Template talk:Christianity and gender

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No censorship but[edit]

— Preceding unsigned comment added by Jesus is King of Kings (talkcontribs) 01:37, 2 January 2014‎

You will not find consensus for that, I believe. Toddst1 (talk) 01:44, 2 January 2014 (UTC)
Umm, the image is a Christian art portraying Adam and Eve, not pornography! Reaper Eternal (talk) 02:36, 2 January 2014 (UTC)
I think Jesus is King of Kings's comment demonstrates why the image is so appropriate for an article entitled Christianity and gender. Past that, WP:NOTCENSORED states "being objectionable" is generally not sufficient grounds for removal or inclusion of content and Any rules that forbid members of a given organization, fraternity, or religion to show a name or image do not apply to Wikipedia because Wikipedia is not a member of those organizations. ŞůṜīΣĻ¹98¹Speak 05:22, 2 January 2014 (UTC)
Judaism and Islam prohibit the consumption of pork products. We have not erased Bacon because of this. The Amish faith (at least in some stripes) admonishes against use of electricity. We have not moved the servers on to an abacus. There is not any reason I can see to give one particular religion's admonition against one particular thing (nudity) special priority over all these and other religious tenets. If you do want to go and make Wikipedia compliant with every belief of every religion and every denomination thereof, please feel free to attempt that. This might be different if it depicted something that is unilaterally antithetical to Christianity itself, but the massive history of nudity in Christian art (such as the very image in question) demonstrates that opposing any depiction of nudity is even less paramount to Christianity than the aforementioned dogmas we have not acted upon. So this is not even about honoring the dogma of an entire religion, but of one particular group of people within it. I hope that explains sufficiently the ways in which this differs from, say, using an image of Hitler for pages about Judaism. - Vianello (Talk) 09:04, 2 January 2014 (UTC)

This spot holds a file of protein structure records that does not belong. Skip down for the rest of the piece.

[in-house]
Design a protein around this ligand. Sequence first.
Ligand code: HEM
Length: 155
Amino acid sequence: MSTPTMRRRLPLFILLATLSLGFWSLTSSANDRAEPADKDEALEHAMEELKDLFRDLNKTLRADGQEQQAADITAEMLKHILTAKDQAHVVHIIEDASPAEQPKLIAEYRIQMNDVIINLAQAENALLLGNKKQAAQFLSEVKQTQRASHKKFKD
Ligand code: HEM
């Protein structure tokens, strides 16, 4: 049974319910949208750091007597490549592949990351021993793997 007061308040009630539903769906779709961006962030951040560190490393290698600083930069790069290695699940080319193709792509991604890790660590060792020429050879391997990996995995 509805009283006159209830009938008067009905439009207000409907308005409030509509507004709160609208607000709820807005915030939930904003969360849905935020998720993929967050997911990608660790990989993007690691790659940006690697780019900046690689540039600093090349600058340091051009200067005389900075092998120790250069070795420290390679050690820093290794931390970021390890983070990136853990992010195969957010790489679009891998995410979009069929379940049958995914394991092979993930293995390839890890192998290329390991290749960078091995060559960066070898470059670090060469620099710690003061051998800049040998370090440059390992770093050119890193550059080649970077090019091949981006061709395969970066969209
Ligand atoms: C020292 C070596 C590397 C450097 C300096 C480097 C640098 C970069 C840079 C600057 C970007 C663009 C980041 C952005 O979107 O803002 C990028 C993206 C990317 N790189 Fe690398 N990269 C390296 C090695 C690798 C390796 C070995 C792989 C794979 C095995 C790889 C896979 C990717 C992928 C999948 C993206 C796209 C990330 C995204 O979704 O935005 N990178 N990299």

The list of notable people seems to consist almost entirely of English-speaking, contemporary, Reformed Protestants, even though they make up only a minority within Christianity (past and present). I'm going to see if there's anything I can do to rectify this apparent systemic bias. FiredanceThroughTheNight (talk) 22:57, 26 January 2014 (UTC)

Added two (1 Catholic and one Orthodox), but the list could use more. It's worth noting that Catholics and Orthodox, unlike Protestants, generally do not fit cleanly into any of the four basic perspectives (Feminism, Complementarianism, Egalitarianism and Patriarchy). Mathewes-Green for instance self-identifies as a feminist, and is one in a lot of ways, but unlike Protestant feminists she accepts (with all Orthodox) that ordination should be male-only, which would be considered a Complementarian position in the Protestant world. FiredanceThroughTheNight (talk) 23:05, 26 January 2014 (UTC)